A study of moderate drinkers ages 55 to 65 found those who drink large amounts less often have higher death rates, compared with those who drink small amounts more regularly.
The researchers say most studies that examine the potential effects of moderate drinking generally focus on average levels of drinking, instead of overall drinking patterns.
The study by researchers at the University of Texas at Austin looked at drinking patterns of moderate drinkers, comparing whether they spread out their alcohol consumption evenly, or drank less frequently but in larger amounts.
The study included 446 moderate drinkers—men who drank no more than four alcohol beverages a day, and no more than 14 drinks weekly, and women who had no more than three drinks a day, and no more than seven drinks weekly. The researchers found 372 participants spread out their drinking evenly, while 74 had episodes of heavy drinking.
"Among older moderate drinkers, we found that those who binge have double the odds of dying within the next 20 years compared to those who do not binge," lead researcher Charles Holahan told HealthDay.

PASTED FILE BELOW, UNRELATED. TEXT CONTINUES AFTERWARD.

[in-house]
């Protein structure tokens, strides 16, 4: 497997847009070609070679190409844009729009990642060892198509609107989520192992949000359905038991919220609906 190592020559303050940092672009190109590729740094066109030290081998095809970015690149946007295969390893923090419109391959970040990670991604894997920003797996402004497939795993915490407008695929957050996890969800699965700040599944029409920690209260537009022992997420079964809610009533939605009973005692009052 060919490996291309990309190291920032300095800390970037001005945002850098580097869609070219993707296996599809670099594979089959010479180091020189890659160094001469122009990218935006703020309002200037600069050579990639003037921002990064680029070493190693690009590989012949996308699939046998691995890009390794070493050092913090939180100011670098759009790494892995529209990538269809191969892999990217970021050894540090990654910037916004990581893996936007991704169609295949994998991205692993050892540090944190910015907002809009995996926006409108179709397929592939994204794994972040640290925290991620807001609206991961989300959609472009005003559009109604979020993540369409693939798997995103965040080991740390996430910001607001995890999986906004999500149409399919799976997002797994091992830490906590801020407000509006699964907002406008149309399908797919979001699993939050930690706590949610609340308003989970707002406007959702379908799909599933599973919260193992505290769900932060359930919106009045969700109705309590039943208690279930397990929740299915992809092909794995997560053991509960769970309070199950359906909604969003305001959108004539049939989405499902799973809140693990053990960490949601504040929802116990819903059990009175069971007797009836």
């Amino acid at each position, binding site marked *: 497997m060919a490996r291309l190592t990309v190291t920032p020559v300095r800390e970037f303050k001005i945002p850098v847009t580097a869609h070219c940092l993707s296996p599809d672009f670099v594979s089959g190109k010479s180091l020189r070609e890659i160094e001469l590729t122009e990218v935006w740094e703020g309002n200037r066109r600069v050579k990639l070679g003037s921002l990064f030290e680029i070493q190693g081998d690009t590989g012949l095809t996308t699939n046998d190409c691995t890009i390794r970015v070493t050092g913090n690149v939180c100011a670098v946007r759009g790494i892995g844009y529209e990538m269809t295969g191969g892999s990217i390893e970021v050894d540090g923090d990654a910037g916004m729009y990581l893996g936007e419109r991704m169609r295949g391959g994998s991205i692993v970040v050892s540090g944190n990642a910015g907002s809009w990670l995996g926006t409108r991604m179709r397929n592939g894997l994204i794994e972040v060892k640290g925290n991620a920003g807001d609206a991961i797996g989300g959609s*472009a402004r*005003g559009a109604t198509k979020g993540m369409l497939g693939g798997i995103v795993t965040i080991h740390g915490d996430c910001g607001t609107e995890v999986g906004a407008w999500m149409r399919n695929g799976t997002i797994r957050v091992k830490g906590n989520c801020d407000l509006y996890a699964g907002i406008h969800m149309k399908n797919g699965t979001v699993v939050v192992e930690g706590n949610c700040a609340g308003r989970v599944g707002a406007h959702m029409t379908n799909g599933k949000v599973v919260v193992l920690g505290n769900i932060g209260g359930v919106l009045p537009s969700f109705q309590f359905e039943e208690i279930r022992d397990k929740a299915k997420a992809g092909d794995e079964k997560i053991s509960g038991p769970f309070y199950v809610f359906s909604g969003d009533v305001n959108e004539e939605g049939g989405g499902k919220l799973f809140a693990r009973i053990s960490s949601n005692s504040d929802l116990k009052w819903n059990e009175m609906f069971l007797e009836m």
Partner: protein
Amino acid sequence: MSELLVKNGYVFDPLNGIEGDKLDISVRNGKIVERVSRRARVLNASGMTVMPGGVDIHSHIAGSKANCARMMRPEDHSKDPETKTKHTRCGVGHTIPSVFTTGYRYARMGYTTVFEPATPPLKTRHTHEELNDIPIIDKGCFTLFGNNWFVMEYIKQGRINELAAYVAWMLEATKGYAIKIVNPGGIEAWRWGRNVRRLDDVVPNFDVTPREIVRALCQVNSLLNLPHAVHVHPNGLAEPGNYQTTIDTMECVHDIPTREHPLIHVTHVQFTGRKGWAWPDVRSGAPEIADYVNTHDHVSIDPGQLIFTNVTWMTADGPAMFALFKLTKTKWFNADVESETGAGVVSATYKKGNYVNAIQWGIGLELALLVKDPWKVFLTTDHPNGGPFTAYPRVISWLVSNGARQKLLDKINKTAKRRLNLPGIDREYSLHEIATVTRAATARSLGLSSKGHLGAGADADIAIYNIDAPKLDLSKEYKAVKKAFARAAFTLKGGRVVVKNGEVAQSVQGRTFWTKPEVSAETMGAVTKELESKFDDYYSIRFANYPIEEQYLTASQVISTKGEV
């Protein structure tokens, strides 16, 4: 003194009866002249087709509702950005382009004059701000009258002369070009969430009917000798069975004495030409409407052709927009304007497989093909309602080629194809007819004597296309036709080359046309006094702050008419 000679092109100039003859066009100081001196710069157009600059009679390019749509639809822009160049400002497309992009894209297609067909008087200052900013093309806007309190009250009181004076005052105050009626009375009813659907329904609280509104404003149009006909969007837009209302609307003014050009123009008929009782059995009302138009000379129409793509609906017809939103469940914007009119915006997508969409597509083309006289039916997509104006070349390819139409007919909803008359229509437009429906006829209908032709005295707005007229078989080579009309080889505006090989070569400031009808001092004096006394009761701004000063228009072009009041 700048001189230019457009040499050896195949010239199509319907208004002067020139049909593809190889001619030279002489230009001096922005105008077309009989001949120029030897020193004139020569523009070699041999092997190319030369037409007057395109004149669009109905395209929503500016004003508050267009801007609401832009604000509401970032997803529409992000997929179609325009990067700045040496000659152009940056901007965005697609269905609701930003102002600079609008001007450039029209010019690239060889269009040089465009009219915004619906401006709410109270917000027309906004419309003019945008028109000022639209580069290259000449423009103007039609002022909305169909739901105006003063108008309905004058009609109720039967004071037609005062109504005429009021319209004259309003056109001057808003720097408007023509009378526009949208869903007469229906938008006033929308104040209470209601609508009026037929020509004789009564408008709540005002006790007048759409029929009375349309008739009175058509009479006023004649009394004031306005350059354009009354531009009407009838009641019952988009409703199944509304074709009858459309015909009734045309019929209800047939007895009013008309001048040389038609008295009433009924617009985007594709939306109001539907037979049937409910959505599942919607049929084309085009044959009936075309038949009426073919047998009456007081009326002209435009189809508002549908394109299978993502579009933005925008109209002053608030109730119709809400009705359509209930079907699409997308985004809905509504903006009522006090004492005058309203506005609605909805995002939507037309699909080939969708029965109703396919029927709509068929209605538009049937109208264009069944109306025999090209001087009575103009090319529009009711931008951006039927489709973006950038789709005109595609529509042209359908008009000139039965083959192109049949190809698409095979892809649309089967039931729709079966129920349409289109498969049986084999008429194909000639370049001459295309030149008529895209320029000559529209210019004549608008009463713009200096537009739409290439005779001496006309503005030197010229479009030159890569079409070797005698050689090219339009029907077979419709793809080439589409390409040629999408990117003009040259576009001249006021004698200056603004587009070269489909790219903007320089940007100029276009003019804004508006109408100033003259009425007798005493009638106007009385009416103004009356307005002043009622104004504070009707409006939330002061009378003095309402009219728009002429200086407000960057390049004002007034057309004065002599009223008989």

"Heavy episodic drinking concentrates alcohol's toxicity and is linked to mortality by damaging body organs," said Holahan. He added in a news release, "These findings demonstrate that, among older adults, drinking patterns need to be addressed along with overall consumption in order to understand alcohol's health effects."
The study appears in Alcoholism: Clinical & Experimental Research.
Click here to read more about Seniors and Alcohol.